Peacekeeper’s Daughter parachutes the reader into the Lebanese Civil War, the Palestinian crisis, and the wave of terrorism—including the bombing of the American Embassy—that ravaged Beirut at the height of the siege. This novelistic memoir moves from Jerusalem to Tiberius, from the disputed No-Man’s Land of the Golan Heights to Damascus, and on to Beirut by way of Tripoli, crossing borders that remain closed to this day. It’s June 1982. Twelve-year-old Tanya and her family are preparing to leave their home on the military base in Yellowknife, Northwest Territories, to move to Israel, where her father will serve a one-year posting with the United Nations. While they’re packing up, Israel invades Lebanon. The President-elect of Lebanon is assassinated. Thousands of Palestinian men, women, and children are murdered at the Sabra-Shatila refugee camps in southern Beirut. The Middle East’s relative peace explodes into waves of violence. It is in the midst of this maelstrom that the family arrives in Israel and settles into an apartment. The simple act of walking down the street is fraught with peril. Violence may come at them from any direction at any time. Peacekeeper’s Daughter is a coming-of-age story, as well as an exploration of family dynamics, the shattering effects of violence and war—and the power of memory itself to reconcile us to our past selves, to the extraordinary places we have been and sights we have seen.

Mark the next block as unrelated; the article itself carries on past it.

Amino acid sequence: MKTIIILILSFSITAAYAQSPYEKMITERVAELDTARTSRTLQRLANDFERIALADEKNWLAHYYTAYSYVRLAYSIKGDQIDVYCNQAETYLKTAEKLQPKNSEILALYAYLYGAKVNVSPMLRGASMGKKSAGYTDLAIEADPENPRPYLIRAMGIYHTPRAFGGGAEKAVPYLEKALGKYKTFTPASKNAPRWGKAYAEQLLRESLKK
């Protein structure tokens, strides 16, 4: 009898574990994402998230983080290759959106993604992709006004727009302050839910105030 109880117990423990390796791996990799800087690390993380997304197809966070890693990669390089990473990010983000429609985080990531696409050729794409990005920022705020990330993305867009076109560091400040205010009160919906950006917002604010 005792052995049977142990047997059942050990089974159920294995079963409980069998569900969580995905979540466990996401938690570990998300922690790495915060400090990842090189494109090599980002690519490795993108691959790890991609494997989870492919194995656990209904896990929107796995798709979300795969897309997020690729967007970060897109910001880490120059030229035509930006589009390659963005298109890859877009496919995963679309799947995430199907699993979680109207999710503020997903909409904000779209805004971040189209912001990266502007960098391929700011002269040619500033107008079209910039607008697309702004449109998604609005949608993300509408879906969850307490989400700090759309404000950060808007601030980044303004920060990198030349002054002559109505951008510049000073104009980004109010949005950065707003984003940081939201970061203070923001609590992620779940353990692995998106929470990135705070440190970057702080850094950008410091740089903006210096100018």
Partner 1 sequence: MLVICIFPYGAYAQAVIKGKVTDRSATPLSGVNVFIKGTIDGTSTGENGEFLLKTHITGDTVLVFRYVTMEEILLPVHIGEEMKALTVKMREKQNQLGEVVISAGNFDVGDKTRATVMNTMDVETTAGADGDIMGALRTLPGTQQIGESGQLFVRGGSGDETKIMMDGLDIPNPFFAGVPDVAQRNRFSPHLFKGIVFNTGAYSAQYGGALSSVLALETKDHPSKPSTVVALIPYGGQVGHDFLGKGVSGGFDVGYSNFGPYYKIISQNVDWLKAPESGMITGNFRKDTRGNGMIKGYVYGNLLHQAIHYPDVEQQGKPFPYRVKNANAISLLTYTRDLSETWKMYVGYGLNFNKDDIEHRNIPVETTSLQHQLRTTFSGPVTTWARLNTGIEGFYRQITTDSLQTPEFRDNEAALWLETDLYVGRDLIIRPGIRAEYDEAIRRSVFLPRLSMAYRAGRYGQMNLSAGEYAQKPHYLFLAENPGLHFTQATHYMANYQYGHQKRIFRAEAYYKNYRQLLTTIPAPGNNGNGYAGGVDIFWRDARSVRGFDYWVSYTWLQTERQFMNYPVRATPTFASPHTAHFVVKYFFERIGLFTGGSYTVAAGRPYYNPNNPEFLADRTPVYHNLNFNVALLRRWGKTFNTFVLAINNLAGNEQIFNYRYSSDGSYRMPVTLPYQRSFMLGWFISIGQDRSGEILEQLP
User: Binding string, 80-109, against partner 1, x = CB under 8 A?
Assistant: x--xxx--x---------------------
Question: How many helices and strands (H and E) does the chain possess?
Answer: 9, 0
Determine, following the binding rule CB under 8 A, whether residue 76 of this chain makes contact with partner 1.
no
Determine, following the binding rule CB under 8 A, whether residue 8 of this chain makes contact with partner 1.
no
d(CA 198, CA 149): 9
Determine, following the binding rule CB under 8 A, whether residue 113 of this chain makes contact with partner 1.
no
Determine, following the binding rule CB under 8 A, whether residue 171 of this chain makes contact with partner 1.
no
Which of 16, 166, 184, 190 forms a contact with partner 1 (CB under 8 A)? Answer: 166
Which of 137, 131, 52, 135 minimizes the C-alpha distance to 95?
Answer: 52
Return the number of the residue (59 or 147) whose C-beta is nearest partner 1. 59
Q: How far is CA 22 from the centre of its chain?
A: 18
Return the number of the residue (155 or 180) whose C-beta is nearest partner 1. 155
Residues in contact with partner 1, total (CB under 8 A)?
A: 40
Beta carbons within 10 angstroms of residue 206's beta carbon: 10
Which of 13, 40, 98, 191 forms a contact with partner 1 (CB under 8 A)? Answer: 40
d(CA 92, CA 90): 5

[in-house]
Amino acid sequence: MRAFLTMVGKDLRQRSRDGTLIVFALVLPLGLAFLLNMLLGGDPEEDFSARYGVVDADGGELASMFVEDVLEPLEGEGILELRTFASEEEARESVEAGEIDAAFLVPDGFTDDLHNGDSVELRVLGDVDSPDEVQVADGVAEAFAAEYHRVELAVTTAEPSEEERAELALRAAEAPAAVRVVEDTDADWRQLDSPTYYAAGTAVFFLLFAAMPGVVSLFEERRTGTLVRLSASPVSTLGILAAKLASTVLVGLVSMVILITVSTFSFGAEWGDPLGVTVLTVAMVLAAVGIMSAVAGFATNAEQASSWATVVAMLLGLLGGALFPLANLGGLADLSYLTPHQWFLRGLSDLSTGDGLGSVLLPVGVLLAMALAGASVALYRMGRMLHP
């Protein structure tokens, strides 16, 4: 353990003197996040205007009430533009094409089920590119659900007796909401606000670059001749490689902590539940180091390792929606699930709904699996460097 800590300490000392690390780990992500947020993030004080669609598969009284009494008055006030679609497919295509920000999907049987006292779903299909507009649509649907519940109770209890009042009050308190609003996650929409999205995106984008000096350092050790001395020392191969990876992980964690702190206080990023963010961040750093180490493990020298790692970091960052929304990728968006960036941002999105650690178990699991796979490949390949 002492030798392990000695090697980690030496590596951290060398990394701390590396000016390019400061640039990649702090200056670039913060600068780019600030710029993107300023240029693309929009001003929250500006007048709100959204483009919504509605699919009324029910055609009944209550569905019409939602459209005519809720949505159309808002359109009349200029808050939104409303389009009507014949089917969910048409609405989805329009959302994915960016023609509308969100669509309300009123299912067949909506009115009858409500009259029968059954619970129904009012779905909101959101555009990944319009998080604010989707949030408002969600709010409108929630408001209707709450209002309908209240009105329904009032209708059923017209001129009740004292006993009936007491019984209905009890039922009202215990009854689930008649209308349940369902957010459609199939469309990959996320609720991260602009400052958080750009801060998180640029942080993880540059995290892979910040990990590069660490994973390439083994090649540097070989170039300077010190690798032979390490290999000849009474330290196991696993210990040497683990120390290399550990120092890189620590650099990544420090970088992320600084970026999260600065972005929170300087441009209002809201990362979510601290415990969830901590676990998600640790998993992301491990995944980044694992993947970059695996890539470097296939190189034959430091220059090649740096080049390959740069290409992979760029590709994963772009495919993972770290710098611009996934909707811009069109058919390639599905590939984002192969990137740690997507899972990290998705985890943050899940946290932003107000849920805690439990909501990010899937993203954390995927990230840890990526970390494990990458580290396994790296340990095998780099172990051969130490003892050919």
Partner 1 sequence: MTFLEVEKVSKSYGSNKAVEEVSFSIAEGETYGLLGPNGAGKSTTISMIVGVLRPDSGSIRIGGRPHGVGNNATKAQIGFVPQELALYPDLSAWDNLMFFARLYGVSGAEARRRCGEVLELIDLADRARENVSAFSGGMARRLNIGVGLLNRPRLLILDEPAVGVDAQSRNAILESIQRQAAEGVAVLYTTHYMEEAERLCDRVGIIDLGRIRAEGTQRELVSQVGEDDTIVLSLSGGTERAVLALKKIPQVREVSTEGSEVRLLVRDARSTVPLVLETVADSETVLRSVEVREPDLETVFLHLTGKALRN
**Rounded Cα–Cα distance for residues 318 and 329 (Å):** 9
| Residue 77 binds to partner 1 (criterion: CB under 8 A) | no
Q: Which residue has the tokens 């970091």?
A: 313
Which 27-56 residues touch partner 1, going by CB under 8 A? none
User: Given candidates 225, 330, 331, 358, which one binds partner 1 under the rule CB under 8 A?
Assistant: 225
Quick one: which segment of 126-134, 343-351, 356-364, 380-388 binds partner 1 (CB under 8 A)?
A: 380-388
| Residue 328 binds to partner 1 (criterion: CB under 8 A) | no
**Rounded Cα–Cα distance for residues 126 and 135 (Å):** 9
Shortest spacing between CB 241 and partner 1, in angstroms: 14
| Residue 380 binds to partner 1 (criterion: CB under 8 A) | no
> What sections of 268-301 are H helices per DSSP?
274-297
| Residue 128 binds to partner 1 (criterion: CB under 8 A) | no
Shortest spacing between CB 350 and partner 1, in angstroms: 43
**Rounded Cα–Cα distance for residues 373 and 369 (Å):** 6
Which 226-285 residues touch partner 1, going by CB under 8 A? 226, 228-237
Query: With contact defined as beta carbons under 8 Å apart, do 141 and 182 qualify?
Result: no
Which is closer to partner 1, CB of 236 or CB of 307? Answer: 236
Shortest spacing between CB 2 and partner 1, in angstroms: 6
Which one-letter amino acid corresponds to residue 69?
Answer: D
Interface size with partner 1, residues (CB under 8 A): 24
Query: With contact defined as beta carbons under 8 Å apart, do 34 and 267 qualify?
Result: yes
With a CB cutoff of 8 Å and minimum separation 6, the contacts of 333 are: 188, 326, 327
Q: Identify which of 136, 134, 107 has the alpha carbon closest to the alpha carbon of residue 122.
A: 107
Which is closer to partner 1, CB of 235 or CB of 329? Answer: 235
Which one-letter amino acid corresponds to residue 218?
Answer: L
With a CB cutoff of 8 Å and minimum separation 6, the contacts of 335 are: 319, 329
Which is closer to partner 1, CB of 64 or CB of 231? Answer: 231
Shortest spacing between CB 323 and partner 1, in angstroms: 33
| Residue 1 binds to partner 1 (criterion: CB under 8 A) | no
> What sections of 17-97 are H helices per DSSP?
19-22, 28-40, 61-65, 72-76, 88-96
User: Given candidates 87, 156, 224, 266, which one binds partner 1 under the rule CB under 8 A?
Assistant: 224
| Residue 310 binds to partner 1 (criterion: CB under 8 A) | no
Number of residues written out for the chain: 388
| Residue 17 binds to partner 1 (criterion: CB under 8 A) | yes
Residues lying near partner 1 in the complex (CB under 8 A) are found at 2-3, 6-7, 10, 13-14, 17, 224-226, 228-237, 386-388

At school that Monday, I sat in the library after lunch. My grade seven class was in the basement for band practice, but I had a free period. Since I’d only started at the school in January and didn’t play a band instrument, I was exempted from music class. I spent my free time on the top floor in the reading lounge, next to Mr. Thierry’s classroom. After that, I would study advanced French while my class did beginner, baby French in our regular classroom downstairs. At dinner time at home, I took perverse pleasure in imitating the way they counted to ten with their thick accents.